Don't be surprised if Bush launches October Surprise


July 26, 1992|By ROGER SIMON

Why do I get the funny feeling that the lower George Bush dips in the polls the greater the chance he will launch a military strike against Iraq?

Not that Saddam Hussein doesn't deserve to be attacked. But you've got to wonder about the timing.

This is a critical period for George Bush politically. Four years ago, Bush launched his attacks on Mike Dukakis early, months before the Republican convention.

And he did so because the late Lee Atwater, his campaign manager, told him that unless he did something dramatic, he would be buried by the Democrats.

"I was pleased when we came out of the Democratic convention 17 points down," Atwater told me. "Being 17 points down was a victory. Without the attacks we would have been 27 points down."

Some polls now have George Bush more than 27 points down. And he needs to do something. Like launch an airstrike or win a little war.

Not that a president would ever let politics affect his foreign policy.

Richard Nixon, after all, really, really needed to put U.S. forces on alert in 1973. He really believed the Soviet Union was going to send troops to the Middle East to aid Egypt and Syria in their invasion of Israel.

And Nixon was not motivated in the least by a desire to focus attention away from Watergate.

George Bush would never, of course, launch a military strike just because he could use a little boost in the polls.

But look at the advantages:

* A foreign crisis would make people forget, at least temporarily, about the lousy economy at home.

* By focusing attention on foreign affairs, Bush would emphasize Bill Clinton's greatest weakness.

* By using Tomahawk missiles instead of manned aircraft, Bush could minimize risk to U.S. personnel and get a "bloodless" victory. (Bloodless for us, that is. The Iraqis will probably shed several gallons.)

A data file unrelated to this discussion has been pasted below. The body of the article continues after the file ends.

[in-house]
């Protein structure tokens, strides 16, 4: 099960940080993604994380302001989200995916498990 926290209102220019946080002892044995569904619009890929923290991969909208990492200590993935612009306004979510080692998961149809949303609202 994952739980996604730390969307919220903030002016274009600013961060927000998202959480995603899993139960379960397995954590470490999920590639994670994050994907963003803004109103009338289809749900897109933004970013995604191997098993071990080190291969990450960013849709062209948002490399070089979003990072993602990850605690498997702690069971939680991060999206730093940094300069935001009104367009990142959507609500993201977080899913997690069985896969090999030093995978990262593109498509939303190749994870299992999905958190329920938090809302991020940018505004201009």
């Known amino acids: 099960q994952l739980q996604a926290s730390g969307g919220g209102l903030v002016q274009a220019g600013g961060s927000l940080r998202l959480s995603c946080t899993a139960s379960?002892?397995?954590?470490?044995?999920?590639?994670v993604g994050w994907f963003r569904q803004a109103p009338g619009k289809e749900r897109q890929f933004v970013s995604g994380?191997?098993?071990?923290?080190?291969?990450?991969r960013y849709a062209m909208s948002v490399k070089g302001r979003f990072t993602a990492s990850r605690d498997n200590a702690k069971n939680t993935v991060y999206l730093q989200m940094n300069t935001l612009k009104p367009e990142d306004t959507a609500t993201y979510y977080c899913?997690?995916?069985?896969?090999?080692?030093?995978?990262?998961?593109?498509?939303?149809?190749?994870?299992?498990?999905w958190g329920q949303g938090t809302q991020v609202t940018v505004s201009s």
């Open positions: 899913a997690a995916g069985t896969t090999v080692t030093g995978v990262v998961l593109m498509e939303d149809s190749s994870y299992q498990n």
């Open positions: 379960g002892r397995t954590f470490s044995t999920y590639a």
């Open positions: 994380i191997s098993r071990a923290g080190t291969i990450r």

The possibility of just such a move is what the Democrats fear most and have been talking about for months.

Such a move is called an "October Surprise" because you assume your opponent will spring it the month before Election Day. (Bush is so far behind in the polls he might not be able to wait until October, however.)

Ironically, it was the Reagan-Bush ticket of 1980 that feared an October Surprise by Jimmy Carter. The Republicans feared that Carter would obtain the release of the U.S. hostages in Tehran and win the election.

And recently Bush and Ronald Reagan have been accused (without any real evidence, as far as I can tell) of actually bargaining with Iran to keep our hostages in captivity until after Election Day.

As it turned out, Election Day 1980 came and went without a release; Carter was defeated and the hostages were released hours after Reagan and Bush were inaugurated.

This year, Democrats fear an October Surprise by the Republicans. If not a crisis in Iraq, a crisis somewhere. (The overthrow of Castro and the institution of democracy in Cuba would be a nice little boost for the Republicans, for example.)

The Democrats want this election to be solely about domestic issues. In his hourlong speech to the Democratic convention, Bill Clinton didn't spend two minutes on foreign affairs.

George Bush desperately wants attention focused anyplace but home.

But he runs big risks in launching a pre-Election Day attack or enmeshing the United States in some foreign crisis:

* If it looks too nakedly political, as it did in the case of Nixon in 1973, it will hurt him more than it will help him.

* All military engagements are unpredictable, even the ones that look like sure things, and a bloody nose is exactly what Bush does not need right now.

* The Ross Perot campaign made many Americans question just what we were doing fighting in the gulf in the first place.

"We rescued the emir of Kuwait," Perot said. "Now, if I go knock on your door and say I'd like to borrow your son to go to the Middle East so that this dude with 70 wives, who has a minister for sex to find him a virgin every Thursday night, can have his throne back, you'd probably hit me in the mouth."

Running for president means taking risks, however. And the lousier the numbers look at home, the better a foreign adventure is going to look to George Bush.

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